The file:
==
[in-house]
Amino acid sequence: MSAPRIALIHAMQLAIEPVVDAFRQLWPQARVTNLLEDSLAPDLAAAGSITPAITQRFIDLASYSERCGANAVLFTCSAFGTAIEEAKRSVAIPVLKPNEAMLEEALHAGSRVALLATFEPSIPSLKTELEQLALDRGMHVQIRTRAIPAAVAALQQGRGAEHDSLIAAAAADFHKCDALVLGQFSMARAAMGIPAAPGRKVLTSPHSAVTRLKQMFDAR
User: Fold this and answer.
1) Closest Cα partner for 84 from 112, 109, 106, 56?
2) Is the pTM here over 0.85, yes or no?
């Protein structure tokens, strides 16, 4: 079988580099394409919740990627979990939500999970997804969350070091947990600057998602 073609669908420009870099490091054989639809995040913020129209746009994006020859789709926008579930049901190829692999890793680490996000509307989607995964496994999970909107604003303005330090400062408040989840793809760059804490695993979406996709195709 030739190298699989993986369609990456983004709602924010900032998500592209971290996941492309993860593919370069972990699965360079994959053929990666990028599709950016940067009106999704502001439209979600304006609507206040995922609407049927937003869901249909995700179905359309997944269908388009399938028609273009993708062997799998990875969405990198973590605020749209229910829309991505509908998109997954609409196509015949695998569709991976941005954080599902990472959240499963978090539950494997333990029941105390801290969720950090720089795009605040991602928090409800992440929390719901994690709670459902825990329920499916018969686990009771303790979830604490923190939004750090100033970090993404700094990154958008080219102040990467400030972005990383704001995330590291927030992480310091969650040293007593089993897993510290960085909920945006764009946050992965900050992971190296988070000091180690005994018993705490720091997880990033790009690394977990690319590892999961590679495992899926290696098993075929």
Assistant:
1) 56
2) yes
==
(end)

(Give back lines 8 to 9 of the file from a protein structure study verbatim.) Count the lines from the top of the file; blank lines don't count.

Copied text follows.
1) 56
2) yes